The Commission is addressing the abstract issue: is the subject matter in dispute within the scope of collective negotiations. Whether that subject is within the arbitration clause of the agreement, whether the facts are as alleged by the grievant, whether the contract provides a defense for the employer’s alleged action, or even whether there is a valid arbitration clause in the agreement or any other question which might be raised is not to be determined by the Commission in a scope proceeding. Those are questions appropriate for determination by an arbitrator and/or the courts. [Id. at 154]


   Thus, we do not consider the contractual merits of the grievances or any contractual defenses the Township may have.


    Paterson  Police  PBA No. 1 v. City of Paterson, 87 N.J. 78 (1981), outlines the steps of a scope of negotiations analysis for police officers and firefighters:


      First, it must be determined whether the particular item in dispute is controlled by a specific statute or regulation. If it is, the parties may not include any inconsistent term in their agreement. [State v. State Supervisory Employees Ass’n., 78 N.J. 54, 81 (1978).] If an item is not mandated by statute or regulation but is within the general discretionary powers of a public employer, the next step is to determine whether it is a term and condition of employment as we have defined that phrase. An item that intimately and directly affects the work and welfare of police and fire fighters, like any other public employees, and on which negotiated agreement would not significantly interfere with the exercise of inherent or express management prerogatives is mandatorily negotiable. In a case involving police and fire fighters, if an item is not mandatorily negotiable, one last determination must be made. If it places substantial limitations on government’s policymaking powers, the item must always remain within managerial prerogatives and cannot be bargained away. However, if these governmental powers remain essentially unfettered by agreement on that item, then it is permissively negotiable. [Id. at 92-93; citations omitted]


   Arbitration will be permitted if the subject of the dispute is mandatorily or permissively negotiable. See Middletown Tp., NJPER 227 (P.13095 1982), affd NJPER Supp.2d 130 (P.111 App. Div. 1983). Paterson bars arbitration only if the agreement alleged is preempted or would substantially limit government’s policymaking powers. No preemption issue is presented.


    The Township’s argues that the assignment of swing shift duties is within its managerial prerogative so long as the reason for the assignment is not illegal. The PBA responds that the parties’ contract conditions shift selection by seniority “upon all other things being equal” and thus protects the Township’s prerogative to ensure that shift assignments take into account such needs as special skills, qualifications, training, and supervision as required by our case law.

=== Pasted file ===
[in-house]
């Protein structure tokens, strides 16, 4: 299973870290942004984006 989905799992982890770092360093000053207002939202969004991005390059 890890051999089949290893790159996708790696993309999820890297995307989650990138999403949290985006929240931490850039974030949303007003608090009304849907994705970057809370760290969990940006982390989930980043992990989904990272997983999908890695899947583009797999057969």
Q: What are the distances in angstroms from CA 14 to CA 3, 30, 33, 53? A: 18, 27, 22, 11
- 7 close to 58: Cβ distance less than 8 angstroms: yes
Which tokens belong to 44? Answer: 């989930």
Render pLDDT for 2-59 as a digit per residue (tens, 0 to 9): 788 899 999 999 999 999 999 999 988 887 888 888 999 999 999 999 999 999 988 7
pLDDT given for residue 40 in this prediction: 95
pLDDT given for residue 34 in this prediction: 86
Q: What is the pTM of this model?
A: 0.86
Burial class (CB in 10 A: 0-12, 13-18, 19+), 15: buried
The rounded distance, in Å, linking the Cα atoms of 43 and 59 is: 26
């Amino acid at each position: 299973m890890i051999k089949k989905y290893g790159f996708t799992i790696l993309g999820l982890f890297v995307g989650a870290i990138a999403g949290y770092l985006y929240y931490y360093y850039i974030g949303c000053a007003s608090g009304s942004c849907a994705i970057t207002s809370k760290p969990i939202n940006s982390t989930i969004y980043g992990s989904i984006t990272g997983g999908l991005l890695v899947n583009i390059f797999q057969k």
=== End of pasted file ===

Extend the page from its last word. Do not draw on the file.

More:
The Township’s argument sweeps too broadly and would grant employers per se control over employee work schedules and shift hours absent an illegal reason such as anti-union discrimination. Our courts have rejected such a per se argument. See, e.g., Teaneck Tp. v. Teaneck FMBA Local No. 42, 177 N.J. 560 (2003), aff’g 353 N.J. Super. 289 (App. Div. 2002). Public employers and unions may accordingly agree that seniority can be a factor in shift assignments where all qualifications are equal and managerial prerogatives are not otherwise compromised. See, e.g.. Union TP., P.E.R.C. No. 2003-81, 29 NJPER 214 (P.63 2003), and the cases cited therein at 215. However, public employers have a non-negotiable prerogative to assign employees to particular jobs, to meet the governmental policy goal of matching the best qualified employees to particular jobs. Id.


    Under the parties’ contract, shift assignments must be based on seniority only “upon all other things being equal.” That language is mandatorily negotiable given Union Tp. and protects management against having any prerogatives compromised. Further, this record does not specify any differences in duties performed on the swing shifts or indicate that the shift assignments were based on the governmental policy goal of matching the best qualified employees to particular swing shift duties.


   Contrast Union Tp. (record showed that chief needed the flexibility to assign officers to particular platoons to address needs for special qualifications and effective supervision); Pemberton Tp., I.R. 99-14, 25 NJPER 191 (P.30087 1999) (Commission designee denied interim relief where issues of departmental efficiency, disciplinary problems, and continuity and consistency of supervision allegedly justified assigning employees to particular shifts).


   We therefore conclude that the Township’s governmental policymaking powers would not be substantially limited by permitting an arbitrator to determine whether the shift denials violated the parties’ negotiated seniority provision. The employer may argue to the arbitrator that it was contractually entitled to deny the officers’ shift preferences under the seniority provision and the management rights clause.




    The request of Middletown Township for a restraint of binding arbitration of these grievances is denied.




1. The Township does not contest the legal arbitrability of Volkland’s reprimand or procedural items related to an informal evaluation process.


2. On April 7, 2003, the PBA filed an unfair practice charge alleging that a change in the past practice of assigning swing shifts and the implementation of an informal evaluation system violated the New Jersey Employer-Employee Relations Act, N.J.S.A. 34:13A-1 et seq. The charge was amended on May 5 to also allege that the Township had instituted an informal evaluation process by denying a police officer a swing shift assignment. Hearings have been scheduled.